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Reading Our LivesThe poetics of growing old$
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William L. Randall and Elizabeth McKim

Print publication date: 2008

Print ISBN-13: 9780195306873

Published to Oxford Scholarship Online: September 2008

DOI: 10.1093/acprof:oso/9780195306873.001.0001

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READING LITERATURE: READING LITERATURE: THE INTERPRETING OF TEXT

READING LITERATURE: READING LITERATURE: THE INTERPRETING OF TEXT

Chapter:
(p.73) Four READING LITERATURE: THE INTERPRETING OF TEXT
Source:
Reading Our Lives
Author(s):

William L Randall

A. Elizabeth McKim

Publisher:
Oxford University Press
DOI:10.1093/acprof:oso/9780195306873.003.0004

This chapter discusses the nature of reading from the perspectives of both psychology and literary theory. Research into the cognitive and neurological features of reading indicates that we process written text in much the same way as we process day-to-day experience. In their analyses of reader-response, literary theorists insist that reading is a constructive process, and that a text's meaning depends as much on the reader's interpretation as on the author's intention. Awareness of this process, and of the fact that every text is thus an open text, is necessary for gaining literary competence. Such awareness has been labeled by Louise Rosenblatt as “aesthetic reading,” in opposition to “efferent reading,” which locates meaning only in the text. The chapter argues that reading literature can aid us in reading life, as claimed by proponents of bibliotherapy. Moreover, understanding the process of reading can contribute to the acquisition of literary self-literacy.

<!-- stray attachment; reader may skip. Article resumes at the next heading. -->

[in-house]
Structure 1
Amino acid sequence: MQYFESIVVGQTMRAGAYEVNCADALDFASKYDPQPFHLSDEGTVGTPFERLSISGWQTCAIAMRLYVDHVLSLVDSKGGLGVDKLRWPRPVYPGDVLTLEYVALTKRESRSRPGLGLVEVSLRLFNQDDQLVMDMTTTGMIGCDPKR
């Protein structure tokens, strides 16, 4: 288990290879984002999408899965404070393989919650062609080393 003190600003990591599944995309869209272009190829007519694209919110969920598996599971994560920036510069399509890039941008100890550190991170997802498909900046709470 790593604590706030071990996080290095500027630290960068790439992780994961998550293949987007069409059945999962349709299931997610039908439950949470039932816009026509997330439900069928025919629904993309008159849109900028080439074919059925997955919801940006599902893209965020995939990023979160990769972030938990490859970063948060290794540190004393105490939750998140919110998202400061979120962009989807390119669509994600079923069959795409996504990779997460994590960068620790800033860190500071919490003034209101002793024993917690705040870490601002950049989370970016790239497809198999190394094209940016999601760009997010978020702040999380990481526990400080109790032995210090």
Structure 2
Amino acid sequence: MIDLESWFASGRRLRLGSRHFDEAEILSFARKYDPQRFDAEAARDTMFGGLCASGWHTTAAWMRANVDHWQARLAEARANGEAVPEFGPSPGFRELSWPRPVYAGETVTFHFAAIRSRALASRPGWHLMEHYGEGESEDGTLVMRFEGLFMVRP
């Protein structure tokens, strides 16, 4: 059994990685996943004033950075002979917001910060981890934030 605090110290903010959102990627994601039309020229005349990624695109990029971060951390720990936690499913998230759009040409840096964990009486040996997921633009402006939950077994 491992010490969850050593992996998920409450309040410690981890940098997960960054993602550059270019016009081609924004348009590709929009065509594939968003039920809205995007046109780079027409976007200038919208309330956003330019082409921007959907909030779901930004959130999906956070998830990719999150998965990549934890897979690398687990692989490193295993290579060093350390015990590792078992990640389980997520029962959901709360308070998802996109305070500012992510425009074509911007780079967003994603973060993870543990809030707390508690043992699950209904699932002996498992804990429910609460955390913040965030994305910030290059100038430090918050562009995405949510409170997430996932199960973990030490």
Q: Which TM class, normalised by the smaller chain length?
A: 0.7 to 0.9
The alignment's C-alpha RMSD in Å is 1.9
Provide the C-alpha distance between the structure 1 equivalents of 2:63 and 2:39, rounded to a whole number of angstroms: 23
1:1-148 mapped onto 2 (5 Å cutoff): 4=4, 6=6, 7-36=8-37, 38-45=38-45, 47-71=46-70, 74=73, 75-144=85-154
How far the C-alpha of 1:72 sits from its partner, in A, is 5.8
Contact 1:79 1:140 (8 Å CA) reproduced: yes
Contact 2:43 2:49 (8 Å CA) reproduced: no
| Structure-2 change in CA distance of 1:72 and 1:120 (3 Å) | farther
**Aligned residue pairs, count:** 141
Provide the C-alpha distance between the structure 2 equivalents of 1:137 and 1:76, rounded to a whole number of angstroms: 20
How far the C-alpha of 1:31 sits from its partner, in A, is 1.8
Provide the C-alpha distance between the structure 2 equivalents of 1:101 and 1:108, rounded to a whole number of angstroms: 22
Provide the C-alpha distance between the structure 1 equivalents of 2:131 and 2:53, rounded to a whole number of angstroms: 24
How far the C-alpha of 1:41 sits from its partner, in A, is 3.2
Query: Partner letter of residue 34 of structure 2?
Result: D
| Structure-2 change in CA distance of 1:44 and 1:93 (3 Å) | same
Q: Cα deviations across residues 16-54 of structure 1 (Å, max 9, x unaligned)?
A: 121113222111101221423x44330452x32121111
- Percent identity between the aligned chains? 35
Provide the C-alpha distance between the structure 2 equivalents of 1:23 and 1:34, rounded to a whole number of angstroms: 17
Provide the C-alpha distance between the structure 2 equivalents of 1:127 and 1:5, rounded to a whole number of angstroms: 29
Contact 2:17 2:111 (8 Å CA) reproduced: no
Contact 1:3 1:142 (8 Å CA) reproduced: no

Keywords:   aesthetic reading, bibliotherapy, efferent reading, interpretation, literary competence, literary self-literacy, open text, reader-response theory, reading, Rosenblatt

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